additional concession, we infer from the Reisha, from the fact that her
husband cannot annul the Neder - that she is permitted to benefit from him,
which means that he is not included in the 'people' (whom she mentioned in
(a) What leads us to believe that the Seifa of our Mishnah is an additional
concession, and not the main reason for the husband's prohibition to annul
her Neder is - the Lashon 'vi'Yecholah Hi Lehanos ... '. What the Tana
should otherwise have said is - 'Mipnei she'Yecholah Lehanos'.
(b) We also initially reject the suggestion that a husband is included in
'people', and that he cannot annul her Neder on the sole basis of her option
to eat from Leket, Shikchah and Pei'ah - because why should her husband in
conjunction with 'people' be any worse than a storekeeper from whom she
purchases regularly, where the Tana permitted her husband to annul her Neder
(even though there too, she is able to collect Leket, Shikchah and Pei'ah).
(c) From the Seifa, which permits her to eat from Leket, Shikchah and
Pei'ah, we infer exactly the opposite (that her husband is included in
'people') - because otherwise, how could a woman who is fed by her husband,
collect Leket ... ?
(a) To reconcile the Reisha and the Seifa, Ula explains that a husband is
not included in 'people'. The Seifa - which permits her to eat from Leket
... , speaks, he says, when the husband is a poor man.
(b) According to Rava, a husband is included in 'people' - and the Seifa,
which says 'vi'Yecholah Hi Lehanos be'Leket ... , is explaining why it is
that her husband cannot annul her Neder.
(c) In the case in the previous Mishnah: 'Peiros Chenvani she'Ein Parnasaso
Ela Mimenu', the reason that the Tana permits her husband to annul her
Nedarim, and does not forbid it (on the grounds that she is able to collect
Leket, Shikchah and Pei'ah, like we do here) is - because the Tana is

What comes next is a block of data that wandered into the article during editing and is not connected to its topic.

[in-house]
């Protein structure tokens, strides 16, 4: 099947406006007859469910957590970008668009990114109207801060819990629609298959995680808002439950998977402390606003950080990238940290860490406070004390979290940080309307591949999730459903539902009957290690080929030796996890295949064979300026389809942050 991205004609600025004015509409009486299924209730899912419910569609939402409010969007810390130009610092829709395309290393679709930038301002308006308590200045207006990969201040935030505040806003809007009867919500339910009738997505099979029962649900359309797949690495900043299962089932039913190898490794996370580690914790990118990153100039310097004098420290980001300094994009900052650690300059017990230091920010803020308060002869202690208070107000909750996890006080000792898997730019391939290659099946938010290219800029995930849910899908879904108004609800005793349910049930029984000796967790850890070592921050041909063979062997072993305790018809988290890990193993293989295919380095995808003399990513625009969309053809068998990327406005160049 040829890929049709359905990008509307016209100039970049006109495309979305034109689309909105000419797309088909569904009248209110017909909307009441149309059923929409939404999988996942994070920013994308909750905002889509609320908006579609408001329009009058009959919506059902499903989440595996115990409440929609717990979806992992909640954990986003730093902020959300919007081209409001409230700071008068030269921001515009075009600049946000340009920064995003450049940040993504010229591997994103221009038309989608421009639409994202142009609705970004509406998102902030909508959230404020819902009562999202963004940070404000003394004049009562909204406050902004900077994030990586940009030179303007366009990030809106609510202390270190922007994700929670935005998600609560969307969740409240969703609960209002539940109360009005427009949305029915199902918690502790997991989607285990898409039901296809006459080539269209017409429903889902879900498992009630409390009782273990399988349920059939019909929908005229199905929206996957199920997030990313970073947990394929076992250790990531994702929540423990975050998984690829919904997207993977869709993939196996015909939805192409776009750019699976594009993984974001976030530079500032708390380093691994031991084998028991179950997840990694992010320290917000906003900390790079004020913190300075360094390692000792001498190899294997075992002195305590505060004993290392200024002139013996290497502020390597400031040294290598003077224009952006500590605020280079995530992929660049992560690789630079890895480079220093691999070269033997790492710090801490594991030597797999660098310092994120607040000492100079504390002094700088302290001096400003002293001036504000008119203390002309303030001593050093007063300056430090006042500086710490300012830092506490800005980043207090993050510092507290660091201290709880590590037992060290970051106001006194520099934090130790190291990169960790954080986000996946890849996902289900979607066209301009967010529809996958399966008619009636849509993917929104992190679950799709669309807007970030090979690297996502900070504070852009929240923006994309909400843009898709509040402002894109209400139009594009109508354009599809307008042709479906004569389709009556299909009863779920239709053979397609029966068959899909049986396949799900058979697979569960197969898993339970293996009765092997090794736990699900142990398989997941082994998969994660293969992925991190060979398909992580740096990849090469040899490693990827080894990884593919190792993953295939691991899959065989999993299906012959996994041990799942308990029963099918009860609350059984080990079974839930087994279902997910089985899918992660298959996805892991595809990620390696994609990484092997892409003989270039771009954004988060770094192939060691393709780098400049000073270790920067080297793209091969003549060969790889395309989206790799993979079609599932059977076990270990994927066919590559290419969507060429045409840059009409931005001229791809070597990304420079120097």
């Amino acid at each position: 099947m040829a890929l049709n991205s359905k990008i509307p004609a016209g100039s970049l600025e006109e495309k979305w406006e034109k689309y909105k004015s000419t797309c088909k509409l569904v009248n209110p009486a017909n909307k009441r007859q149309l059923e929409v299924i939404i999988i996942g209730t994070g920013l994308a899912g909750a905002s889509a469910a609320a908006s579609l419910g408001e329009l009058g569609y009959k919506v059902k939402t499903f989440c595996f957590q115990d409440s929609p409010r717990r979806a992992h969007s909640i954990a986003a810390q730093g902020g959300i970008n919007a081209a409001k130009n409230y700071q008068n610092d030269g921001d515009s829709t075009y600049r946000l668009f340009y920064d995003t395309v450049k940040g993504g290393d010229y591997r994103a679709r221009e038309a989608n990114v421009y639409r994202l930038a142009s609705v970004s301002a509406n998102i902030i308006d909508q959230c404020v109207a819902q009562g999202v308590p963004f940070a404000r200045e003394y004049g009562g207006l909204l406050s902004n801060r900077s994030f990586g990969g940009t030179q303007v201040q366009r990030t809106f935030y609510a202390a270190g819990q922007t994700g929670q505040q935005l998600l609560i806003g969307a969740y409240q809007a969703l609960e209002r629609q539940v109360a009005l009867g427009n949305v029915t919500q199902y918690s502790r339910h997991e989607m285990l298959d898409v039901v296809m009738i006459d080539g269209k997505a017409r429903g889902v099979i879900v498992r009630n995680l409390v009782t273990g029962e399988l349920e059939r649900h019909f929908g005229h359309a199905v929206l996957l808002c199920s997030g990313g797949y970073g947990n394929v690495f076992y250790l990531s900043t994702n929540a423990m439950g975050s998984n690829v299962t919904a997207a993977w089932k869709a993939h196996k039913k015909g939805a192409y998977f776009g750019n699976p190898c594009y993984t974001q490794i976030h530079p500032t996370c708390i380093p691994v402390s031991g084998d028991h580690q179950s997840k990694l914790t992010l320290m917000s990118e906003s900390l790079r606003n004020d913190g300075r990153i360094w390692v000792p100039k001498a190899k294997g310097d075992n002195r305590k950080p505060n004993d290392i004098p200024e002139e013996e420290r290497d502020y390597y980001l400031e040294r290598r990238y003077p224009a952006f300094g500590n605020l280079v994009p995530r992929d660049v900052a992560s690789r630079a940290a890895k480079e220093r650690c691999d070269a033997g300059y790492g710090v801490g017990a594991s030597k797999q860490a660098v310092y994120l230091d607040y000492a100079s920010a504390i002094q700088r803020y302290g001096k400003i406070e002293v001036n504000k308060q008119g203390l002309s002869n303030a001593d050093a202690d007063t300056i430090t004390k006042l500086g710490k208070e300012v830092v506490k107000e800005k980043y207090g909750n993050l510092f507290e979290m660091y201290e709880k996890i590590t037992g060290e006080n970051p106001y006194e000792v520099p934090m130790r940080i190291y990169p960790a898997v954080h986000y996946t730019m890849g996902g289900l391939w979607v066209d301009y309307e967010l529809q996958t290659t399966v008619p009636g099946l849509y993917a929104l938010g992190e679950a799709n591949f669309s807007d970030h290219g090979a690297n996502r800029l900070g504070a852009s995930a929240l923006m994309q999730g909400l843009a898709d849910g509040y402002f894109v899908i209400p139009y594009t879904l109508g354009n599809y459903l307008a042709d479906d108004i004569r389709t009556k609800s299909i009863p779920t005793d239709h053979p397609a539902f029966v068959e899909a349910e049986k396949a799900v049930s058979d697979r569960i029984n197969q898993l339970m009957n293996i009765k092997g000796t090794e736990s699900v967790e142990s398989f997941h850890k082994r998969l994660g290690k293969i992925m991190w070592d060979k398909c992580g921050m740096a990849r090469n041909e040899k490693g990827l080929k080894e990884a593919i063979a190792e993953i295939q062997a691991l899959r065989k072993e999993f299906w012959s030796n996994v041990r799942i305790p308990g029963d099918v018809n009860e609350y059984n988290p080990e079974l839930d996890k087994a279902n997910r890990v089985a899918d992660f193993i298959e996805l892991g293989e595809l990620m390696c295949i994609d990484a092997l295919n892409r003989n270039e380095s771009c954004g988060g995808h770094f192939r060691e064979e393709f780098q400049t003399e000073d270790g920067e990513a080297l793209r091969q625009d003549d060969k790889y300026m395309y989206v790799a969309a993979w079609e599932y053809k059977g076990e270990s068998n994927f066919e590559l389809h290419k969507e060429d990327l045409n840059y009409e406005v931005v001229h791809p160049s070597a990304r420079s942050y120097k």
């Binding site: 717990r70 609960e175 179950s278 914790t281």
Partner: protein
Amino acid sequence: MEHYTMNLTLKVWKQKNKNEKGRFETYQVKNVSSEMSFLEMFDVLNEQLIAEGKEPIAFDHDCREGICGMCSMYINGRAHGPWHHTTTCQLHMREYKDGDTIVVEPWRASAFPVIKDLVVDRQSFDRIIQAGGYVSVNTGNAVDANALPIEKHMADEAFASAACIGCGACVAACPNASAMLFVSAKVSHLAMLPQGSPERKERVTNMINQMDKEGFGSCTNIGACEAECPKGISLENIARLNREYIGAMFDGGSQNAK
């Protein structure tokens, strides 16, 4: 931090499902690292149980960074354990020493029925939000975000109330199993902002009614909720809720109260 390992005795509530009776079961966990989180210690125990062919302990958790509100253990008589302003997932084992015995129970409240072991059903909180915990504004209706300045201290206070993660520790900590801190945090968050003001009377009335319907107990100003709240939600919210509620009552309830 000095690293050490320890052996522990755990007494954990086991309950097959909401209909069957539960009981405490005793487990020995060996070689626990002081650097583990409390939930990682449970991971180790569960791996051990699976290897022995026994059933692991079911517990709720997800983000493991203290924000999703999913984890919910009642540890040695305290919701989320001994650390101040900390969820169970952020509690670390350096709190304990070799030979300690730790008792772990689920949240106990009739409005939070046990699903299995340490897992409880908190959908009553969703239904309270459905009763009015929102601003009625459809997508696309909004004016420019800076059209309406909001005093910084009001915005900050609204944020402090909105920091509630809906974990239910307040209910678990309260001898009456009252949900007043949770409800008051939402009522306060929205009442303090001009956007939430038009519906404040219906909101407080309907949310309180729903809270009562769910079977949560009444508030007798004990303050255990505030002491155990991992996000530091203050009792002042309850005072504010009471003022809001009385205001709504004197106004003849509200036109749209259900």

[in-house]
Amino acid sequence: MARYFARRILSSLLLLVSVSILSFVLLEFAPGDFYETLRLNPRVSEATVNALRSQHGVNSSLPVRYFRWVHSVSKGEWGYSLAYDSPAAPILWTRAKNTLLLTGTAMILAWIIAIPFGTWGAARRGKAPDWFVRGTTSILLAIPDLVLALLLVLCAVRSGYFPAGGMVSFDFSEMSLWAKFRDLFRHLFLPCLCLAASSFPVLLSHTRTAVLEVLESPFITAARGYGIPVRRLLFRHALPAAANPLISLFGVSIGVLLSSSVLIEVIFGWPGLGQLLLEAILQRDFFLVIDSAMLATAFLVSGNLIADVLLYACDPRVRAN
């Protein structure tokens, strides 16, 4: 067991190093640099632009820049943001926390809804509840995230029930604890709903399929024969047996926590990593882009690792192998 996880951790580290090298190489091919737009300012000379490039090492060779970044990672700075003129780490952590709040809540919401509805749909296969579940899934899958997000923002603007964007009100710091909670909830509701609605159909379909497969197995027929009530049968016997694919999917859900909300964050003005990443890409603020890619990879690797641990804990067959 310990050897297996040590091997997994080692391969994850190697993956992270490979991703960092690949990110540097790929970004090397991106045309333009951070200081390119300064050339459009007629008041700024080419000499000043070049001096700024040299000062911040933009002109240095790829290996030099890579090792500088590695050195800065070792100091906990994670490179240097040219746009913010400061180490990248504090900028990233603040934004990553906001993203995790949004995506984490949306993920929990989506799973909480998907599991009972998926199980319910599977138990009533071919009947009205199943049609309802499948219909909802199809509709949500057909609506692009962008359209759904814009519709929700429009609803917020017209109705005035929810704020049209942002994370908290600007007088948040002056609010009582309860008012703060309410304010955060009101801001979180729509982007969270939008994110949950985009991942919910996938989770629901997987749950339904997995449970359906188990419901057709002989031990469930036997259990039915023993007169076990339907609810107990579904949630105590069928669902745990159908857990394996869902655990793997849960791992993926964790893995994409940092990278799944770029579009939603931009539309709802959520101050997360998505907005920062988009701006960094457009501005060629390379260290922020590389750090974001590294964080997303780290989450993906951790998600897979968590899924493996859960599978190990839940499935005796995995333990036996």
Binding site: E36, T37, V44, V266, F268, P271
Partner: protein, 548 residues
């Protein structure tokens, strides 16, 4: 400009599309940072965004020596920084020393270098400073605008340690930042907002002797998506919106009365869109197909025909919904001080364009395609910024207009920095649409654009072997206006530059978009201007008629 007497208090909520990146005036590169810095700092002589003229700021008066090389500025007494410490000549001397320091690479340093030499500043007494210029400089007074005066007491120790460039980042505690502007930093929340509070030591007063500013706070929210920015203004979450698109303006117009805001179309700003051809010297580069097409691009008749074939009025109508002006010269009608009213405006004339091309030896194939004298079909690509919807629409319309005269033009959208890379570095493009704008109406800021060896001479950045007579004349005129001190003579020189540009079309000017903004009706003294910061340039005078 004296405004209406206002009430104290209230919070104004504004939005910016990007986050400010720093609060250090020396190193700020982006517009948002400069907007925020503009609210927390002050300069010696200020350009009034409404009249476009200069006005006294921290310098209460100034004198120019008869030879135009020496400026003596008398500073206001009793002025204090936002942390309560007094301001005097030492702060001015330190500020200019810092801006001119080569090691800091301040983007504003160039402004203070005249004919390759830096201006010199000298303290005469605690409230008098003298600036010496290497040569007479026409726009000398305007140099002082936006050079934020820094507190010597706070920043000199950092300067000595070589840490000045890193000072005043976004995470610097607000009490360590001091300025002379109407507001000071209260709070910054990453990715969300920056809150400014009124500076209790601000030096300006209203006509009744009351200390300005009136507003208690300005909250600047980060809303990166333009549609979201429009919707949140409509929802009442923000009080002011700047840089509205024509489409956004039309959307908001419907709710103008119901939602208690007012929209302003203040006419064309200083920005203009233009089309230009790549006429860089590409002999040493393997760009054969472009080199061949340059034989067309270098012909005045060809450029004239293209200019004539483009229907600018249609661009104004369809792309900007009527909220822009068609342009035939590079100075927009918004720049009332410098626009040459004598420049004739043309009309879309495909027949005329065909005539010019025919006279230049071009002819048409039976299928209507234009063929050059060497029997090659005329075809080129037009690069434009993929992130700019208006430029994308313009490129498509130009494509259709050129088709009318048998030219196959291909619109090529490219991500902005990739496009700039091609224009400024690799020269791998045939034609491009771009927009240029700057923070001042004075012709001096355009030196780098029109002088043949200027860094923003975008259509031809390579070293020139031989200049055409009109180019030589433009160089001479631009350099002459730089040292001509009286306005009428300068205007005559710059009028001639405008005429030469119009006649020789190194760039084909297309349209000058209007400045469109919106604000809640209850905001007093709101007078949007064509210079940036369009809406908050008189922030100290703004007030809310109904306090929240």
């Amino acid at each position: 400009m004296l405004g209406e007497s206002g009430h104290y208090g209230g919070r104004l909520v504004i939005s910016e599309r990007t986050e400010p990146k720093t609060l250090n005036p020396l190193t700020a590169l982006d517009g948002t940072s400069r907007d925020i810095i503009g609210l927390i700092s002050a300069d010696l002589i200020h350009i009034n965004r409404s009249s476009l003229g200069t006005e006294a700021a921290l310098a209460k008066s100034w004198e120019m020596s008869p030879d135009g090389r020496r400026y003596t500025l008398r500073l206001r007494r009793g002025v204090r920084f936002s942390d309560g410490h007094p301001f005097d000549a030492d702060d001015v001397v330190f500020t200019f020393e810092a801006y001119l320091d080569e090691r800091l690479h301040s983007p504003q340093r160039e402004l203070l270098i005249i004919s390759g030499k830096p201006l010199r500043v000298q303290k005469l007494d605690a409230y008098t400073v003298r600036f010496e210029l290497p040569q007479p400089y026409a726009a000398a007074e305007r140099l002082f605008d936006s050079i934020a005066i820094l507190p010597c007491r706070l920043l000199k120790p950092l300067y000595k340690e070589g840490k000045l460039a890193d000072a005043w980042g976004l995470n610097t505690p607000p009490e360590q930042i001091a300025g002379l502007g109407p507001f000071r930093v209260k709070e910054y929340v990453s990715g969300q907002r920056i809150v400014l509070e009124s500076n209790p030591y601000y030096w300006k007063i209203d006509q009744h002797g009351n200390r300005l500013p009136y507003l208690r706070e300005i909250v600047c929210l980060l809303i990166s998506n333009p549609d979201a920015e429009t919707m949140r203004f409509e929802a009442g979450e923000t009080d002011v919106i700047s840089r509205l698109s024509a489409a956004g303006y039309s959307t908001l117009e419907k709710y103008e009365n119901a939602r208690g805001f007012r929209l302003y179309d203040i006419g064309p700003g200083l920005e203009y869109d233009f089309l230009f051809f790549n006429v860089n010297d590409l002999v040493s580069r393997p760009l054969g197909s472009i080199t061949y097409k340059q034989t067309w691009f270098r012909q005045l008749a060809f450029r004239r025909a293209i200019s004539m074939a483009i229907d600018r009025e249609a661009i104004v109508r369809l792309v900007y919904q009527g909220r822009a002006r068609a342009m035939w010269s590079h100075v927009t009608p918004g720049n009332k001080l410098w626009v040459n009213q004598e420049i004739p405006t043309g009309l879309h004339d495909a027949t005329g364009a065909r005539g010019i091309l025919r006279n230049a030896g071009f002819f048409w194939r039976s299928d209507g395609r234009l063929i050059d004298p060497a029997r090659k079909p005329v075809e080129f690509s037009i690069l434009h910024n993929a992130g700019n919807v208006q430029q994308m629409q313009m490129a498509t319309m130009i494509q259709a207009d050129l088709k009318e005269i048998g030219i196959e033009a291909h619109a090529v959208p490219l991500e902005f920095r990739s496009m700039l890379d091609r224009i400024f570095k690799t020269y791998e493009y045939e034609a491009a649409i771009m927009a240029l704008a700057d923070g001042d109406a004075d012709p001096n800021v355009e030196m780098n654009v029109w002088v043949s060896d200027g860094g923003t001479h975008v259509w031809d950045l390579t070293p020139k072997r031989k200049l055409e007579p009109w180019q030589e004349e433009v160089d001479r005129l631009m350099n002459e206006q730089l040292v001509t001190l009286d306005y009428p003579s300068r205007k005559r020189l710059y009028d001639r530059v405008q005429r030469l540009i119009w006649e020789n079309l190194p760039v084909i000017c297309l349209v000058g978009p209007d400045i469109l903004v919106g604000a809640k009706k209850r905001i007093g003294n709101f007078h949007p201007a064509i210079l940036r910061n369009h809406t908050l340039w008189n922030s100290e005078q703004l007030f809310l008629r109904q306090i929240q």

speaking in the winter, when there is no Leket ... to collect.
(a) Rav Nachman learns like Ula with regard to the She'eilah whether a
husband is included in 'people'. He explains the Seifa, which ascribes the
reason why, to her option to eat from Leket, Shikchah and Pei'ah - to after
he has divorced her.
(b) According to him, if her husband would be included in 'people', despite
the fact that she would be able to collect Leket, Shikchah and Pei'ah - the
Neder would be considered Inuy Nefesh, and he would be permitted to annul
(c) The Chidush in the Seifa - is that, once he divorces her, her husband
becomes included in 'people' and she is permitted to eat from Leket ... .
(a) Rebbi Yishmael and Rebbi Akiva argue in the Yerushalmi in a case of
'Nadar mi'Yordei ha'Yam' ve'Na'aseh mi'Yoshvei Yabashah'. According to Rebbi
Akiva, a sailor at the time of the Neder, who left the navy is included in
the prohibition - because we go after the time when the Neder is declared
(as opposed to after the time that it takes effect).
(b) According to him, in the reverse case, someone who joined the navy after
the Neder was declared - will not be included in the Neder.
(c) We will have a problem if, as we just explained, the husband becomes
part of 'the people' after he has divorced her - because that is not in
keeping with the opinion of Rebbi Akiva, like whom the Halachah is.
(d) We might try and resolve this problem by establishing our Mishnah like
Rebbi Yishmael - who holds that we go, not after the time that the Neder was
declared, but after the time that it takes effect.
(a) We refute the suggestion (establishing our Mishnah like Rebbi Yishmael)
however, on the basis of a Mishnah later 'Amrah Hareini Nezirah le'Achar
Sheloshim Yom, Af-al-Pi she'Nis'es be'Toch Sheloshim Yom, Ein Yachol
Lehafer', because, at the time when the Neder was declared, she was not yet
his wife - like Rebbi Akiva (who will also then be the author of *our*
According to the way we just explained our Gemara, the Ramban, who cites the
Yerushalmi, in spite of the fact the Bavli disagrees - probably only does so
to add the case of someone who was initially included in the Neder, but
changed their status by the time the Neder came into effect, which the Bavli
does not discuss.
(b) We now proved from Rav Nachman, who interprets our Mishnah 'Nisgarshah,
Yecholah Lehanos' (because she is forbidden to benefit from her husband
since he became part of 'people') - that, according to the Bavli, even Rebbi
Akiva agrees that we do not go after the time of the Neder with regard to
people who were not initially included and became included afterwards.
(c) Consequently, we cannot rely on the Yerushalmi in this matter. The
Halachah therefore is - that whether someone was not included in the Neder
initially and became included only later, or vice-versa - he is in fact,
(d) Rebbi Akiva holds of both opinions, even though they seem to contradict
each other - because, according to the Bavli, he holds that we go after
Lashon B'nei Adam (as opposed to the Yerushalmi, which bases the Machlokes
on Pesukim) and Lashon B'nei Adam incorporates both in the Neder.